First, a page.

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Advent begins
on December 3

Upcoming
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Filipino tradition
of Simbang Gabi
kicks off Dec. 14

Spreading an idea: The tenderness revolution


'Blue Christmas'
offers reflective light
in a season that
can be dark

Catholic Cemeteries Remembrance Tree Celebrations


Gift of Giving

'Radical answer' to assisting victims of commercial sexual exploitation

Help aging Sisters, Brothers and priests
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Local charities
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Financial Matters

Five questions
to ask before
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CYO

800 runners participate in CYO championship


Obituaries

Sister Mary
Denis Baldwin, OP

Sister Romona
Nowak, OP


Drive through
prayer — it's
'God on the go'

St. Perpetua
new center triple
size of old hall

'Taking our
faith back'

'We can do
something for those
who have died'


Travel

Message of Fatima
still relevant for
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A museum for
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placeholder November 20, 2017   •   VOL. 55, NO. 20   •   Oakland, CA
Above, Volunteers meet drivers. At left, Trent Golden, Ethan Ponce and Camila Tevis braved the rain to signal drivers into the church parking lot. More photos on Facebook.com/
TheCatholicVoice
.
ALL: ALBERT C. PACCIORINI
THE CATHOLIC VOICE

Drive through prayer — it's 'God on the go'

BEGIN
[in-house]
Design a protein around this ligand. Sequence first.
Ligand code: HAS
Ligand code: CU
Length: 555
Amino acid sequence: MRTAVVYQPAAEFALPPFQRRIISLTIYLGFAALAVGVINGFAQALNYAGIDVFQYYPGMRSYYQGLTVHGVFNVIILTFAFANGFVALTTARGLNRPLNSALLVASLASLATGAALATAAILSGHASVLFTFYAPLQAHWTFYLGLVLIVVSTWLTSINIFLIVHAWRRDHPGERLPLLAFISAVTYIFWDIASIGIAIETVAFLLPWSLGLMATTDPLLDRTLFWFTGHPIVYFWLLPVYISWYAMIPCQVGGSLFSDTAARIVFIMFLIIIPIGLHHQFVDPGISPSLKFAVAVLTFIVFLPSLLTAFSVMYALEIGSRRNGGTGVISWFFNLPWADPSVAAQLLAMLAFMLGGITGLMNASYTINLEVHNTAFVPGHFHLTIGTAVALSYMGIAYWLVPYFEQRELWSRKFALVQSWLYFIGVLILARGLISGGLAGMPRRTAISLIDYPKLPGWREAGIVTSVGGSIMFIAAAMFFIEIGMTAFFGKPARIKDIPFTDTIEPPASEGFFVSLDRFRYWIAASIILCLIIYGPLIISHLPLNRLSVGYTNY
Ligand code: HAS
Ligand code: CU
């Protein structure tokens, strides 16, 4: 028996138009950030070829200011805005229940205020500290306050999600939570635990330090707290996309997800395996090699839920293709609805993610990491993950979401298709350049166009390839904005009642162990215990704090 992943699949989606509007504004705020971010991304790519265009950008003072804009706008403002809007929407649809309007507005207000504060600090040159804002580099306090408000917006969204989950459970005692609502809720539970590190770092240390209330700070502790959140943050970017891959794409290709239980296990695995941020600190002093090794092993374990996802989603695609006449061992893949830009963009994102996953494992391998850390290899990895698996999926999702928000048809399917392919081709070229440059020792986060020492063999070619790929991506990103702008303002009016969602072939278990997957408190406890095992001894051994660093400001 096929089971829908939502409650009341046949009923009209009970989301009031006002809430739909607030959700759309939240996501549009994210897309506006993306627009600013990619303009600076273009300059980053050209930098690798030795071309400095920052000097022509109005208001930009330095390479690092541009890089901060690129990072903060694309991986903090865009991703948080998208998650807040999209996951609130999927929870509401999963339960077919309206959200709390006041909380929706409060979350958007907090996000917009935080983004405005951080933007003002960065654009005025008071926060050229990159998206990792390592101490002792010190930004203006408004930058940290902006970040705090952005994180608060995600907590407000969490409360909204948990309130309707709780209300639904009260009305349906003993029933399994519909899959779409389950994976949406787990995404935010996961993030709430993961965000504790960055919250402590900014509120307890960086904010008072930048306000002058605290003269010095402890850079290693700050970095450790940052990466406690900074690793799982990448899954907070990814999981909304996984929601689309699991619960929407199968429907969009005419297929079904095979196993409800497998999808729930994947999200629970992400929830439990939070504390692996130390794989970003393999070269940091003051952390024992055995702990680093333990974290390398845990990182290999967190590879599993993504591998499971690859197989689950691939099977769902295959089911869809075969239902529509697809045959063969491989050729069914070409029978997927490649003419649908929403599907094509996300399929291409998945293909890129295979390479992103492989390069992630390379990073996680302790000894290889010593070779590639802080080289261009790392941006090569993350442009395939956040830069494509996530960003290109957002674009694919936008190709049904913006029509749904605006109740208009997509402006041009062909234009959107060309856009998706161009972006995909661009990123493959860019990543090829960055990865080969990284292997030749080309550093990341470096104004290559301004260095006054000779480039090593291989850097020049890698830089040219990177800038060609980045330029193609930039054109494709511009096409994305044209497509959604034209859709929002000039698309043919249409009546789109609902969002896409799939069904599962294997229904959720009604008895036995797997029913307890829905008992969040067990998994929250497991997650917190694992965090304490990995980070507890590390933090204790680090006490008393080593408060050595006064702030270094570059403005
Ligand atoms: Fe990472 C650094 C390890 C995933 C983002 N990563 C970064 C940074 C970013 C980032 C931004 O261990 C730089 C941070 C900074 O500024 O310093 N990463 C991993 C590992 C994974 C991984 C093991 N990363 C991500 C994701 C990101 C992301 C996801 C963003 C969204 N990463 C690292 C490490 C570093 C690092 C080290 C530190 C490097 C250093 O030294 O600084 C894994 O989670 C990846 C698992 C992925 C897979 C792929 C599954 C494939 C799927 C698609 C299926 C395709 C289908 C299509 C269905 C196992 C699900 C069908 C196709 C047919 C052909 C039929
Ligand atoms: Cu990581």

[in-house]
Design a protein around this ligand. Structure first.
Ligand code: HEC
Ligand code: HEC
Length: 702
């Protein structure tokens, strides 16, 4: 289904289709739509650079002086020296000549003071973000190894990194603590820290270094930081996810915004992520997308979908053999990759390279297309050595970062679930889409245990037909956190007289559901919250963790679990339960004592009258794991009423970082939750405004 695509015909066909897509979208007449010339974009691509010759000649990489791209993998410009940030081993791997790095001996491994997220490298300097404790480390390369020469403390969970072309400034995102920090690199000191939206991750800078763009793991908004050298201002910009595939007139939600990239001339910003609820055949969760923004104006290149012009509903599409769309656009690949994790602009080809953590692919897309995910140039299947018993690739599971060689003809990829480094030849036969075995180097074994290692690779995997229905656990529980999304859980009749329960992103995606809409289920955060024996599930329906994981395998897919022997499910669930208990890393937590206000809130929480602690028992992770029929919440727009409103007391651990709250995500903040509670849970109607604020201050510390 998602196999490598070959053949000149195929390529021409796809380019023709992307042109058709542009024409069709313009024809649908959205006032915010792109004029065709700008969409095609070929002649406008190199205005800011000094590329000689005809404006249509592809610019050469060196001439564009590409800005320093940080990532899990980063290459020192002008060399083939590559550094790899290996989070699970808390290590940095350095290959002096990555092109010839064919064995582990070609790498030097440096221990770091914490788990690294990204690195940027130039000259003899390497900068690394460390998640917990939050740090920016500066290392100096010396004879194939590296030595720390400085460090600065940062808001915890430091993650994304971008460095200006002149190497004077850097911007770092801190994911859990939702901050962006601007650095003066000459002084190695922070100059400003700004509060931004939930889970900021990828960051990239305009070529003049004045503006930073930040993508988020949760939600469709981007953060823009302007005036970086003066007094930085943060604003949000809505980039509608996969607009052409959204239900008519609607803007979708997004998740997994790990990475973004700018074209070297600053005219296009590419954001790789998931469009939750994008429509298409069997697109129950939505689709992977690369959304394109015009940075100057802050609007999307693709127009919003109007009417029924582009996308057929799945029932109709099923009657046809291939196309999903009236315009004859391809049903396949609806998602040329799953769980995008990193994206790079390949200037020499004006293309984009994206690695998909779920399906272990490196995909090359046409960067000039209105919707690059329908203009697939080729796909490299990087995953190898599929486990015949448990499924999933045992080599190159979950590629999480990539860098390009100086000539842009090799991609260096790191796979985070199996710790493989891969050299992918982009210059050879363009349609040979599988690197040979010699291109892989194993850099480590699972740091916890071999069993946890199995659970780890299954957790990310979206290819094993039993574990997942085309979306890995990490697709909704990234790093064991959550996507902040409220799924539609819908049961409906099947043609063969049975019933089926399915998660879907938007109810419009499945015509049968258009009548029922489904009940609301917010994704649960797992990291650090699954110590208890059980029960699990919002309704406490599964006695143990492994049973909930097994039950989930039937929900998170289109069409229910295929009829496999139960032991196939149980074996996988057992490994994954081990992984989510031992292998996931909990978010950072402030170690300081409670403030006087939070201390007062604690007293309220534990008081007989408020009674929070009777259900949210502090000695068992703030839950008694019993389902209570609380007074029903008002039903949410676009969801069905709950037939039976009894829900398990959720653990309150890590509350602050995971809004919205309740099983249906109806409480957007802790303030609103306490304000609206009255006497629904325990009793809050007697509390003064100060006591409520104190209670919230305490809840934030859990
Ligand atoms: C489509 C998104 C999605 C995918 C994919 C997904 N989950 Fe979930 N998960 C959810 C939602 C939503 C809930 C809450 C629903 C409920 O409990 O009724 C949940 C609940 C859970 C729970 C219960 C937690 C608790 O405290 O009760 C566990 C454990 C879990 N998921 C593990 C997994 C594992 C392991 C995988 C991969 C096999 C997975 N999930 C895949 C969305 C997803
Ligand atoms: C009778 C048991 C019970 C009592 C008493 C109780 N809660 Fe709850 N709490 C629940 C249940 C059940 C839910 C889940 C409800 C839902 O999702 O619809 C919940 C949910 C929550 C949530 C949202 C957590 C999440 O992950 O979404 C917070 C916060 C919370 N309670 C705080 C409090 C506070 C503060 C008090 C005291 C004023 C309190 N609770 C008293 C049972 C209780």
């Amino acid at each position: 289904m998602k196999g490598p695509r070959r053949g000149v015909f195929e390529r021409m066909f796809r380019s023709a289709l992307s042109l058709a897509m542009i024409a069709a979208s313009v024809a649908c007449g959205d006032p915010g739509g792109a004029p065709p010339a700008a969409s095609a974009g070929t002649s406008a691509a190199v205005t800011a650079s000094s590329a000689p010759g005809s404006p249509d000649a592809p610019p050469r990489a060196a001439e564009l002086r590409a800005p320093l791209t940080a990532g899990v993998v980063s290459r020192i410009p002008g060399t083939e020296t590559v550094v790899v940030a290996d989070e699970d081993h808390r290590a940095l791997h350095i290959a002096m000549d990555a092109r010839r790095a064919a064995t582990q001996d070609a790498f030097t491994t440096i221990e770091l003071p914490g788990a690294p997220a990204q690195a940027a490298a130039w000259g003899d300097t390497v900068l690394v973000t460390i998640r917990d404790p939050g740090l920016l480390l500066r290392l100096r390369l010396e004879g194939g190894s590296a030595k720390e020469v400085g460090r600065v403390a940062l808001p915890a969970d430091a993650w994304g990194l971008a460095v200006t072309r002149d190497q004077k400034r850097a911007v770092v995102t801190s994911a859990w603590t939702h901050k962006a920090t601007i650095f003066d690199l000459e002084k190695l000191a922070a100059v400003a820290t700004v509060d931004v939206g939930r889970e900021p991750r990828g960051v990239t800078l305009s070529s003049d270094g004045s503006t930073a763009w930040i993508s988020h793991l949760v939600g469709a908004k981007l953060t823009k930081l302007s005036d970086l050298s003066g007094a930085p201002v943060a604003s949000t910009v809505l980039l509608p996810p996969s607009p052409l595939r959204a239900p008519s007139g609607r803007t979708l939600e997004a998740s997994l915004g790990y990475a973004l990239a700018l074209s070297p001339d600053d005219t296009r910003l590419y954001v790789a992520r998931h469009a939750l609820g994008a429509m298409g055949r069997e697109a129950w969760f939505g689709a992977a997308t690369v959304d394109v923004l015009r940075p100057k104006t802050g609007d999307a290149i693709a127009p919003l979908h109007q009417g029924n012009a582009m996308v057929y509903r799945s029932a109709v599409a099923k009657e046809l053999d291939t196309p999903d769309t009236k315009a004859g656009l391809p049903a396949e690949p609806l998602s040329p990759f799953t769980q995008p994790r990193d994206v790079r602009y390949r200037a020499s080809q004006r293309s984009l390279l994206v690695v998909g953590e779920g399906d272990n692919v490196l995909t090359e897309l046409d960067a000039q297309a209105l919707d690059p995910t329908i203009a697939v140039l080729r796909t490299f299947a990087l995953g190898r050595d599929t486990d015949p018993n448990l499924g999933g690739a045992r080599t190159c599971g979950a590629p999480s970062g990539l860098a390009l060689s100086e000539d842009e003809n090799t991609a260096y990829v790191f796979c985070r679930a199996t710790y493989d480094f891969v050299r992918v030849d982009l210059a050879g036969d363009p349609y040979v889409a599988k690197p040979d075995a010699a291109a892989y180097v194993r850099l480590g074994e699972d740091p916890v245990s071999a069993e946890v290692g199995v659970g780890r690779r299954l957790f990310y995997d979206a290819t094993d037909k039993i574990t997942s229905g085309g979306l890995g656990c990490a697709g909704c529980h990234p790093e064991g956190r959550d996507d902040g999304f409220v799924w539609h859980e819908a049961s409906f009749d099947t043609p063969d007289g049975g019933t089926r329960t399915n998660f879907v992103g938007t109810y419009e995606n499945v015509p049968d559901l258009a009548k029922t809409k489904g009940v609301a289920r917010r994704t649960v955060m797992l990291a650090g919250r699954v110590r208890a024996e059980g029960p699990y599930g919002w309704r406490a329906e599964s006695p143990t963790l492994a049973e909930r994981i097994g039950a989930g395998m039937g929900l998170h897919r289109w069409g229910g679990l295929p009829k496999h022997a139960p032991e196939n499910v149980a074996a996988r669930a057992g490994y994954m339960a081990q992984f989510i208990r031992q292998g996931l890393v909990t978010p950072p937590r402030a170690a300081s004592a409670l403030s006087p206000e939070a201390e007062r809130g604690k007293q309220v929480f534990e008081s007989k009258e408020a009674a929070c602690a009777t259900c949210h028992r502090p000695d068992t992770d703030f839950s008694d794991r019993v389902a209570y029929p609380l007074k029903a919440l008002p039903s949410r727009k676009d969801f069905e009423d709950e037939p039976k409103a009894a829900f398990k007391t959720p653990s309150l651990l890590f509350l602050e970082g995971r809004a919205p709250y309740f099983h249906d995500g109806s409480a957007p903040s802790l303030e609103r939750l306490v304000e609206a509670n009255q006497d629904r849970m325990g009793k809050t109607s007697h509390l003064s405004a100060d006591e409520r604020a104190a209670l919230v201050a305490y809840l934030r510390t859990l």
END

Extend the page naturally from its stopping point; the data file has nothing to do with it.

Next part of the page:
Following a successful model he crafted at Holy Spirit Parish in Fremont three years ago, Rev. Mathew Vellankal has brought drive-through prayer to his new parish, St. Bonaventure in Concord.

"Pope Francis has said we should go to the peripheries" to reach people, Father Vellankal said, and people seek spirituality.

 
St. Bonaventure Parish
5562 Clayton Road
Concord 94521
925-672-5800
www.stbonaventure.net
5-6 p.m. Monday-Friday
 
"People might be sick, have lost a job, have someone who is gravely ill, and they don't know where to go," Father Vellankal said.

The program is geared to catch commuters on their way home; they can turn off Clayton Road into the church driveway, where they are directed by teams of volunteers to others who'll help the driver with a short prayer.

"You don't have to get out of your car. It's fast — God on the go," Father Vellankal said.

The drive-through prayer runs from 5-6 p.m. Monday-Friday; prayers are limited to no more than three minutes; no names are given, and no details. The prayers aren't formal; they're spontaneous.

"I've been waiting for something like this to happen," said volunteer coordinator Kathy Geyerman, a St. Bonaventure parishioner for 33 years. "I just close my eyes and let the Holy Spirit fill my lips."

Father Vellankal announced the program in his parish bulletin, and there was an advance notice in the East Bay Times and Clayton Pioneer.

About 30 cars came through in one hour on the program's first, rainy night Nov. 13. Father had little trouble getting about 25 adults and 25 young people to volunteer for the program.

 
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